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Stay calm and resist repeal.

Affordable Care Act supporters are in freak-out mode, but the law, with all of its provisions, is still intact. There's plenty of time to fight.

Have you seen headlines today about Obamacare being repealed in the “middle of the night”? Have you been incensed by stories circulating on social media about how Republicans voted to eliminate protections for people with pre-existing conditions?

Yes, there was a vote last night – and yes, Republicans rejected all of the amendments Democrats tried to tack on to S.Con.Res.3, a concurrent budget resolution. But despite a flurry of tweets and Facebook shares this morning, the Affordable Care Act has not been repealed. Not yet, anyway.

Granted, the Republicans are staying true to their threat to move Obamacare repeal along as quickly as they can – but last night’s Senate voting was just the start of the process.

Supporters of the law who may fear a death blow was struck last night actually have plenty of time to channel their fear and nervous energy created by the procedural vote. The vote to actually repeal the ACA is still at least several weeks away.

Last night was a victory for the GOP, but not the victory

On January 3, Sen. Mike Enzi (R-Wyom.), who chairs the Senate Budget Committee, introduced S.Con.Res.3, a concurrent budget resolution. Budget resolutions are non-binding and don’t become law or make any actual spending changes. But they set guidelines for congressional committees to follow when drafting upcoming legislation.

Enzi explained that the resolution’s purpose was to provide instructions to four authorizing committees to draft legislation for a reconciliation bill to repeal the ACA. The committees must achieve modest deficit reductions with their legislation, and their drafts are due by January 27. The committees include two in the House: Ways and Means and Energy and Commerce. And two in the Senate: Finance and Health, Education, Labor, and Pensions. (If you want to reach out to their members, you can find them here.)

With 52 Republicans and 48 Democrats in the Senate, normal legislation to repeal the ACA wouldn’t have the 60 votes necessary to overcome a filibuster. But a reconciliation bill – which only addresses federal spending – needs just 51 votes to pass, and isn’t subject to a filibuster. Hence the reason Enzi introduced S.Con.Res.3, to get the ball rolling on the reconciliation process.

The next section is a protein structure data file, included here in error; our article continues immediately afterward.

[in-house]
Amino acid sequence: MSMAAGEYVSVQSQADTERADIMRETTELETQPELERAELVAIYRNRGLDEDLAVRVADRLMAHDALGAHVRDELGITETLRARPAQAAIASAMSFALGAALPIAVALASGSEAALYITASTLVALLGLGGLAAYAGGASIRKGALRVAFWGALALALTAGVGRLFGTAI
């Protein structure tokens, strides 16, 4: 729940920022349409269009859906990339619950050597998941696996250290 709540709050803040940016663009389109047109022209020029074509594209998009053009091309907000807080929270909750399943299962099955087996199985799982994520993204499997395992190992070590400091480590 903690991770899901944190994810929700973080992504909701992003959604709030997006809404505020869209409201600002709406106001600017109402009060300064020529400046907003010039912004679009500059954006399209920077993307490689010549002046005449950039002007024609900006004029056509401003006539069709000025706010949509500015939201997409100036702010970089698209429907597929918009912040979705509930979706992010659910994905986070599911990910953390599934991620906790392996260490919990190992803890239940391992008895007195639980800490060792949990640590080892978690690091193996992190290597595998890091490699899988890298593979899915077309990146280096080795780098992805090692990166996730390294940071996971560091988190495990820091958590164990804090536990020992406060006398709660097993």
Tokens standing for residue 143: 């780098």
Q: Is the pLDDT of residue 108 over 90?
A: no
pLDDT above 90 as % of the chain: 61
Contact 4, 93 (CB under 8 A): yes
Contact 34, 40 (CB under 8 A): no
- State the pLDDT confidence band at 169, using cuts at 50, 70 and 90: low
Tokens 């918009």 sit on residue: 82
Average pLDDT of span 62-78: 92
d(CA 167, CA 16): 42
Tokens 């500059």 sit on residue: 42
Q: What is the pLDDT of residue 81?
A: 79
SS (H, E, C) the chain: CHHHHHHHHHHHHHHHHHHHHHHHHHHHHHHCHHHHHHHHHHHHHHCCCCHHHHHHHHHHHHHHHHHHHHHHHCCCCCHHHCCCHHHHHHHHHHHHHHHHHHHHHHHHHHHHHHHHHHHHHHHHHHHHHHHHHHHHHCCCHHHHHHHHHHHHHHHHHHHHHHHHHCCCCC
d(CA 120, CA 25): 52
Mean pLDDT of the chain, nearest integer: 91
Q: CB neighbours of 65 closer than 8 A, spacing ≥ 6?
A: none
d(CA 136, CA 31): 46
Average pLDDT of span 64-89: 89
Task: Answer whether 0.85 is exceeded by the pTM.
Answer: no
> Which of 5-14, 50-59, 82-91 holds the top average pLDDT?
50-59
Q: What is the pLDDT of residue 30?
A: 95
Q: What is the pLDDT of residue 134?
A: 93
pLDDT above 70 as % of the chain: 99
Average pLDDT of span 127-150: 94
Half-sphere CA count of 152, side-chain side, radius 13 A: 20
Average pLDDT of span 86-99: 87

Potential for delay got Dems’ hopes up

After Enzi introduced the resolution, several Republican senators expressed concerns about voting to repeal the ACA before a replacement bill has been introduced. It was a ray of hope for Democrats, though ultimately, all but one Republican voted to begin the process of creating a reconciliation bill to repeal the ACA.

Democrats were also optimistic about the fact that five Republican senators introduced an amendment (Amendment 23, out of the 189 that were introduced for S.Con.Res.3) to postpone the due date for the committees to submit their recommendations for reconciliation legislation. Instead of January 27, it would have been March 3, giving lawmakers more time to come up with a replacement plan in the interim.

But Amendment 23 was withdrawn by Sen. Bob Corker (R-Tenn.), who said that his fellow Republicans had assured him that even without the amendment, January 27 is merely a “placeholder” and not a deadline by which the reconciliation legislation must be fully drafted.

And those two disappointing developments set the stage for the ultimate defeat late last night – actually a little after one o’clock in the morning – when the Senate voted 51-48 to pass S.Con.Res.3. The vote was split almost entirely along party lines:

Was the vote a surprise? Not really.

This morning, Republicans and president-elect Donald Trump were jubilant that S.Con.Res.3 has passed the Senate. Trump wasted no time in raising the ire of Obamacare supporters with his gloating tweet (perhaps least surprising of all):

Now, the resolution is headed to the House, where a vote could happen as soon as Friday the 13th of January. Assuming the House passes the resolution as expected, the committees will begin drafting reconciliation legislation to repeal spending-related aspects of the ACA. (To see roughly where they’re headed, 2015’s H.R.3762 is a good example of a reconciliation bill that Congress passed last year to repeal the ACA. It was never enacted, though, as it was vetoed by President Obama).